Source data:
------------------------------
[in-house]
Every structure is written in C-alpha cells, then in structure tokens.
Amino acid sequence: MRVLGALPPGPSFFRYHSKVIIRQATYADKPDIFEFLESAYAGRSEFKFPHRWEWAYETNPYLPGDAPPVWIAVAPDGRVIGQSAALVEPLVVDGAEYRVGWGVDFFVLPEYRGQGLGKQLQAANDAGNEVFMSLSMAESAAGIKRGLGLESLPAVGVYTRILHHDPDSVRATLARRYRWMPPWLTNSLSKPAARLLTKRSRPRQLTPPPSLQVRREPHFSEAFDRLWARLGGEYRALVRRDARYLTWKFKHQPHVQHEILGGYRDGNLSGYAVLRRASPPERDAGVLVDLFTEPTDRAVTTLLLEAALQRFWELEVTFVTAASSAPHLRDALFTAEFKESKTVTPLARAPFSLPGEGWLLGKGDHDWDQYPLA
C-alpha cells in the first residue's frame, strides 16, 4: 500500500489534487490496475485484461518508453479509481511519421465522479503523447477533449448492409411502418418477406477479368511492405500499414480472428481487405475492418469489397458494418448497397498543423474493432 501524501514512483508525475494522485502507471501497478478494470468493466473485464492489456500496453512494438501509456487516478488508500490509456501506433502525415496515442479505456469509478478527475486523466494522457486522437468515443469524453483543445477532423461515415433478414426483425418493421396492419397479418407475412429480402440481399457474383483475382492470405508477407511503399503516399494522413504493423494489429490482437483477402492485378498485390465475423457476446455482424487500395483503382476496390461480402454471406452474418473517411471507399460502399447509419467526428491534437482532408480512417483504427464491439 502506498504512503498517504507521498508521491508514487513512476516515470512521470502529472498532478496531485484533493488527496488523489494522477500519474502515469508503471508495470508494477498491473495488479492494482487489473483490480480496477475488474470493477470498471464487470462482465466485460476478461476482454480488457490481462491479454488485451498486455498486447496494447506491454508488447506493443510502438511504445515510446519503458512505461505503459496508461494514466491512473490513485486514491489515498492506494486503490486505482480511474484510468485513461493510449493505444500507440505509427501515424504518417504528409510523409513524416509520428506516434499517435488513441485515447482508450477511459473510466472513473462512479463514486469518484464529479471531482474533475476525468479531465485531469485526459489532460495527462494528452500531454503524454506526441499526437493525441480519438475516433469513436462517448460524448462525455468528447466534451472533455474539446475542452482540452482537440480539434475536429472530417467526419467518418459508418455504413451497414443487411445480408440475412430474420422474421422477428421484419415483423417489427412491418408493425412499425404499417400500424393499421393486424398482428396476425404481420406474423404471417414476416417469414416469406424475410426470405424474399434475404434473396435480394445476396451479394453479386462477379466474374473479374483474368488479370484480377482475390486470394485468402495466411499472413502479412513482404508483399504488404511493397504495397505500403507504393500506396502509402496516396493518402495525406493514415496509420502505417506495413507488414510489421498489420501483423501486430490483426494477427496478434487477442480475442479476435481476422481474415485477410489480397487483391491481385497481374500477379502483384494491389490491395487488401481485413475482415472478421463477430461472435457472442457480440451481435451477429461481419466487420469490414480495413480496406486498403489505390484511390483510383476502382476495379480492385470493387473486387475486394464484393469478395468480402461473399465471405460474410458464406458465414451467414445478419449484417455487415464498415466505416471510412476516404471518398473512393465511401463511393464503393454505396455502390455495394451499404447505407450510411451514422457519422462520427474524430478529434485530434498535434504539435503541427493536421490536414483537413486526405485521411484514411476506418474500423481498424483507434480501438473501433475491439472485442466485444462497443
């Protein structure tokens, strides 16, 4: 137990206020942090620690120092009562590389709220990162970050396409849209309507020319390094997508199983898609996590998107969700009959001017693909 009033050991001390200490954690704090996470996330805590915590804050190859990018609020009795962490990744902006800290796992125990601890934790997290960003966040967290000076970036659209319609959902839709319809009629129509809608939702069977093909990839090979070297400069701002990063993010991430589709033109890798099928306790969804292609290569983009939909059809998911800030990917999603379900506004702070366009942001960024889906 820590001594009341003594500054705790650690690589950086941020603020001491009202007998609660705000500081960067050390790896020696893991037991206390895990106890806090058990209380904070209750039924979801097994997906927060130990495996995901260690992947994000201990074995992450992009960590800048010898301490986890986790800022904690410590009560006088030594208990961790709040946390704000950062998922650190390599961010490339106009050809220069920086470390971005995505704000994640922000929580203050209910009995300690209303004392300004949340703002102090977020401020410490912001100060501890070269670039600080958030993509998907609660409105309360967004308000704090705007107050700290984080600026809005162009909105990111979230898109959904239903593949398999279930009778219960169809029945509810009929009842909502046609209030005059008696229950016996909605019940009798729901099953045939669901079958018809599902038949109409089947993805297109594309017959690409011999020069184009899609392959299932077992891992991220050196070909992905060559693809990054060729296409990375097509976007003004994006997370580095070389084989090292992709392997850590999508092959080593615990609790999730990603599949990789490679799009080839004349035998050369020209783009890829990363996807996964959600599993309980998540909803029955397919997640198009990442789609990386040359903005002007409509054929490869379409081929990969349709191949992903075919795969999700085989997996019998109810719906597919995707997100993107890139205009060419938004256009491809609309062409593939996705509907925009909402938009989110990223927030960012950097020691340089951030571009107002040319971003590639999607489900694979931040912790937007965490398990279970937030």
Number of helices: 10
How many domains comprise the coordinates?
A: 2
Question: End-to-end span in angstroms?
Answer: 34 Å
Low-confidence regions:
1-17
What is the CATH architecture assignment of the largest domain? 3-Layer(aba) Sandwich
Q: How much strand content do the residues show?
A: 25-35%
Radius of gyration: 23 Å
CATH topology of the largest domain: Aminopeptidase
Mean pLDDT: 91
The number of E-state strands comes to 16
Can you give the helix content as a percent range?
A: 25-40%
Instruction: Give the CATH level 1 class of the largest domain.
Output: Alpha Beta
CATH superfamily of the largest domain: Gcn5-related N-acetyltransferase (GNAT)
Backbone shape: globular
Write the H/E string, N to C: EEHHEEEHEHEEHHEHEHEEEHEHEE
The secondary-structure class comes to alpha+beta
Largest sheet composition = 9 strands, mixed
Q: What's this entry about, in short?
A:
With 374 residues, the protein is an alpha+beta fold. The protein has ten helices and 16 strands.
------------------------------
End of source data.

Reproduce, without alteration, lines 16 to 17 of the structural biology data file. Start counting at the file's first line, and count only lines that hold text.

Radius of gyration: 23 Å
CATH topology of the largest domain: Aminopeptidase